How well can you get to know a chef in fifteen minutes?
I meet chef James Syhabout at Commis, his sophisticated, palate-boggling bistro that hides in plain sight on Oakland’s Piedmont Avenue—and earned local-legend status in 2010 when it scored a Michelin star just four months after it opened. Syhabout complements Commis’ tasting-menu concept with the equally appreciated, more casual, and arguably more personal (Syhabout’s mother, who once owned a restaurant in the very same location, “consulted” a bit on the menu) Hawker Fare. And soon, he’ll make it a trifecta: Syhabout—along with chef/collaborator Benjamin Coe, and anyone who heard about, let alone tasted, the fried chicken with oyster mayo served at the recent preview pop-up dinners—is eagerly anticipating the opening of his newest venture, the Southern-inspired Box and Bells. (His latest estimate is July; “It depends on permitting; we’ll see how the city cooperates,” he says with a shrug).
Yet, despite his busy schedule, Oakland’s only Michelin-starred chef was down to give me fifteen minutes on a bustling Friday afternoon. His mellow demeanor and quiet tone (tough to hear above the constant whir of blenders and clang of pans) belied the fact that his fresh perspective has proved key in putting the much-maligned city solidly onto the country’s culinary map. Here, we talk bacon-eating vegetarians, the ever-evolving thing that is “California cuisine,” and double-dipping. (He’s for it.)
If your decision to become a chef could be traced to a single food memory, what would it be?
Probably instant noodle packets. There was a brand called Mama, and it was like my first real cooking, just playing with the flavors, modifying it and making it my own… I’d season it with soy sauce, use some vegetables, herbs, that kind of stuff. I think that was my first really, like, intellectual [laughs] experience with cooking.
You have a guest at home you want to impress; what’s the go-to meal?
If I was cooking at home, probably cooking outdoors—simple, grilling some meat, vegetables, maybe, just because I’m indoors all the time and it’s nice to be cooking outdoors and be in touch with nature a little bit. It’s different.
If somebody could only eat here once, what should they order?
Well, here they really don’t have a choice—
Ha! Right. So lemme rephrase: What’s one super stand-out on the menu right now?
People always enjoy our egg dishes. I think there’s something comforting about eggs in general, vegetarians or not, people have some relationship to, a fondness for eggs cooked in a certain way. But we always try and change it up, do it differently. With eggs, the sky’s the limit though, you know; they’re very versatile.
Yeah, that’s interesting. So what about at Hawker Fare?
At Hawker Fare, what would I eat… we’ll have a new, extended menu in June, so I’d definitely have the sticky rice. I like eating with my hands, just kinda going back to my roots where we all used to sit on the floor, and everything’s family style, everyone’s double-dipping in soups, and it’s fine, it’s all family, so I think that would really bring me back, like a ball of rice in my hand, dipping it into the different chili sauces, grilled meats, jerky, I think that’s what I’d recommend.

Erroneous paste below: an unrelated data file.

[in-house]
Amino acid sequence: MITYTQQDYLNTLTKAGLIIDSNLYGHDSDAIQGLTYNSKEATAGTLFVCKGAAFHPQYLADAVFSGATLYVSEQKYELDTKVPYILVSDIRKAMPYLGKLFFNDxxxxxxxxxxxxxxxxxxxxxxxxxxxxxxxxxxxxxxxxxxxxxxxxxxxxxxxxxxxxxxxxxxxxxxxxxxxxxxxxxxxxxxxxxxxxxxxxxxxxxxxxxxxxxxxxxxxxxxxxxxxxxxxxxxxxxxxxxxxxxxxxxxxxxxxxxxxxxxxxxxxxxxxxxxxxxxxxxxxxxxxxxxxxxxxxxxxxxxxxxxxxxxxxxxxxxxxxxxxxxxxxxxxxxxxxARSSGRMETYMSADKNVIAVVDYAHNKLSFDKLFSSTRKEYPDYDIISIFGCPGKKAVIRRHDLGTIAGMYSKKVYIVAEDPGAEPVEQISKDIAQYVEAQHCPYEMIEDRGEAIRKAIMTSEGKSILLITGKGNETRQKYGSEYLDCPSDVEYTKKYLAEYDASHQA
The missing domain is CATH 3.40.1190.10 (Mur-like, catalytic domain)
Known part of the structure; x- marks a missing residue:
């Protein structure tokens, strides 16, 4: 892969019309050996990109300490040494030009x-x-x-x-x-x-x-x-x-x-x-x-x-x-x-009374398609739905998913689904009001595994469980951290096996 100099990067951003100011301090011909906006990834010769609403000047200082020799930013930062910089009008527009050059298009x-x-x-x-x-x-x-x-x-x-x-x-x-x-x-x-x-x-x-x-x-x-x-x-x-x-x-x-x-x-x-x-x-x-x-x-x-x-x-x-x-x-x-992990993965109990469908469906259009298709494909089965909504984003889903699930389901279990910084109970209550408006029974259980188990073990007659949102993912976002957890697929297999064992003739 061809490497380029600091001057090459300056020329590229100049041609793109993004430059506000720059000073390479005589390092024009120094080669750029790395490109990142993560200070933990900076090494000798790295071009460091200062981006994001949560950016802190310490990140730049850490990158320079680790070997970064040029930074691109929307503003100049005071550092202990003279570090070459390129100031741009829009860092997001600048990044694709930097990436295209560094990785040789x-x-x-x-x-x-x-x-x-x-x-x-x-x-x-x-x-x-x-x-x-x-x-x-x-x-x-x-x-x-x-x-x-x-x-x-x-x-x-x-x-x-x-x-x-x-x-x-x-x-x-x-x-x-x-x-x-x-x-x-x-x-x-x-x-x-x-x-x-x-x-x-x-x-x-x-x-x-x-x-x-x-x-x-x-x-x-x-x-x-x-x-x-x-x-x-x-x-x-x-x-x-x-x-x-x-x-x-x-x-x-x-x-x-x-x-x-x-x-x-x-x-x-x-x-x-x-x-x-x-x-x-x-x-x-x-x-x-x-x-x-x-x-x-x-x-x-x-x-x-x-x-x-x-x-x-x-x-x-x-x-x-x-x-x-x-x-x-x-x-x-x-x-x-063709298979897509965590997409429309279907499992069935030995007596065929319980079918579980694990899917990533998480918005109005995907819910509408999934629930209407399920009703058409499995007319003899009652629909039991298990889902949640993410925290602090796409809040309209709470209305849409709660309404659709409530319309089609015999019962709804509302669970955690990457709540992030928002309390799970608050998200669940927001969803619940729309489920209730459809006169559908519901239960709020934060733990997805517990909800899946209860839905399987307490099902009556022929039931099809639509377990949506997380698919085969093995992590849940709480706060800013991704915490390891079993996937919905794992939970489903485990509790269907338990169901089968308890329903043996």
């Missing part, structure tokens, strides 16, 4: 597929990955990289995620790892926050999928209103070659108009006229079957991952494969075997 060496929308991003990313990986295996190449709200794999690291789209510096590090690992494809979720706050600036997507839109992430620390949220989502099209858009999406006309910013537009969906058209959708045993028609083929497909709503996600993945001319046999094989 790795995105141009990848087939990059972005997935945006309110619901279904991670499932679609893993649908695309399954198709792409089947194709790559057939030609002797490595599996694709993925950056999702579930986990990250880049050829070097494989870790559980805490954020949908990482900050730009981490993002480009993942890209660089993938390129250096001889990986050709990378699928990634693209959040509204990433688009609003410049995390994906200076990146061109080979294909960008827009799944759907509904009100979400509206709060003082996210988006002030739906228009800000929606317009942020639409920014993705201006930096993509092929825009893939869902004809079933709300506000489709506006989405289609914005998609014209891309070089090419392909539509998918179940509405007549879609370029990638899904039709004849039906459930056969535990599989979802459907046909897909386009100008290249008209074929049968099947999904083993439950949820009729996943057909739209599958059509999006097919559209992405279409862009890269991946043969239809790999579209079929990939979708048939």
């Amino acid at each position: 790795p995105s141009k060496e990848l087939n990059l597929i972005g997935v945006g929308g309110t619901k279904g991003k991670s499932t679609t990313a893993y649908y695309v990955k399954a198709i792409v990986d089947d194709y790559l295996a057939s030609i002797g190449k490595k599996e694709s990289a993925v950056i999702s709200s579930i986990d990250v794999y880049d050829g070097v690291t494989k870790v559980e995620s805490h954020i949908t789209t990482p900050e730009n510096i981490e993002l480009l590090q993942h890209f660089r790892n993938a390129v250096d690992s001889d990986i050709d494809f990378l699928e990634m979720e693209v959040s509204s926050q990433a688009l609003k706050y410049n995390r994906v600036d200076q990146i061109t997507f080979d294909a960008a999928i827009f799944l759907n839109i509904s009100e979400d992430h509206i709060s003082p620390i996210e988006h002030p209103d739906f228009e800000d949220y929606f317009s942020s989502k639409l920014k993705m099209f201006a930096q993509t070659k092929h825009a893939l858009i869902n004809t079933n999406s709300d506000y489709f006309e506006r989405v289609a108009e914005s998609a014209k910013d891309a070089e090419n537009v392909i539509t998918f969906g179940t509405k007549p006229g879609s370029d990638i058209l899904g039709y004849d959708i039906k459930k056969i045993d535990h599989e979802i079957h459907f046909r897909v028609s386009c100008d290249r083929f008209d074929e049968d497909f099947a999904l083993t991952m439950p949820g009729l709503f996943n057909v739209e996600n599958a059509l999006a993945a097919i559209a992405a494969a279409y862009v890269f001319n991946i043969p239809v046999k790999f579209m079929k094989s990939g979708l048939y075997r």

What do you think is the best dining experience in the Bay Area, other than here?
That’s a hard one; it depends on my mood. I could be in shorts and flip-flops at a taco truck in East Oakland standing up and eating on a street corner, and that could be my most real-life dining experience, something that resonates with me having grown up in this area. Otherwise, I think I’d say Meadowood… I like Meadowood because it gets you out of the city, up in Napa, in nature; it’s just a great overall package. We ate there, stayed overnight, so it was the whole experience. The whole thing’s awesome.
What’s the most outrageous thing that’s ever gone down in one of your restaurants?
We had real heavy rain, I think in January or so, we had a sewer collapse in the street, so we were forced closure for like ten days. It was a good thing but also a bad thing, of course, we lost the business and that’s never good, but at least it’s fixed; now we don’t have to worry about it, and it gave us a nice nine-day break! So it was sort of bittersweet.
I can see that. Okay, you killed your sommelier and are on death row. Last meal?
I want to say sushi. Something very clean, I don’t think you could ever get sick of it.
And if you did, it wouldn’t really matter in that situation… anyway. Moving on: What’s the one ingredient you can’t live without?
Salt. Does that count? I can’t live without salt. I’m a big salt fanatic, different kinds of salts, you know, like making herb salts, stuff like that. Salt’s just a key point to cooking.
Favorite food city?
I haven’t been to a lot of food cities, I’m embarrassed to say, so I don’t know, it’s a toss-up. There are so many great cities in the United States, but I haven’t been to New Orleans, haven’t been to Chicago, haven’t been to Tokyo, so I think my opinion is kind of biased you know, limited, but of the ones I’ve been to I think we’re very fortunate in the Bay Area, we have so many different things, you can get anything, everyone’s got their own take on what’s so-called California cuisine, and I think that’s a beautiful thing. It’s not predictable.
Fill in the blank. People might be surprised to see me eating __.
Ha! And that brings me to my final question. Bacon: Awesome or overrated?
It’s awesome. We always joke around; we call it the gateway meat. You know there are those vegetarians who are like, I’ll have a BLT. I think it’s awesome.
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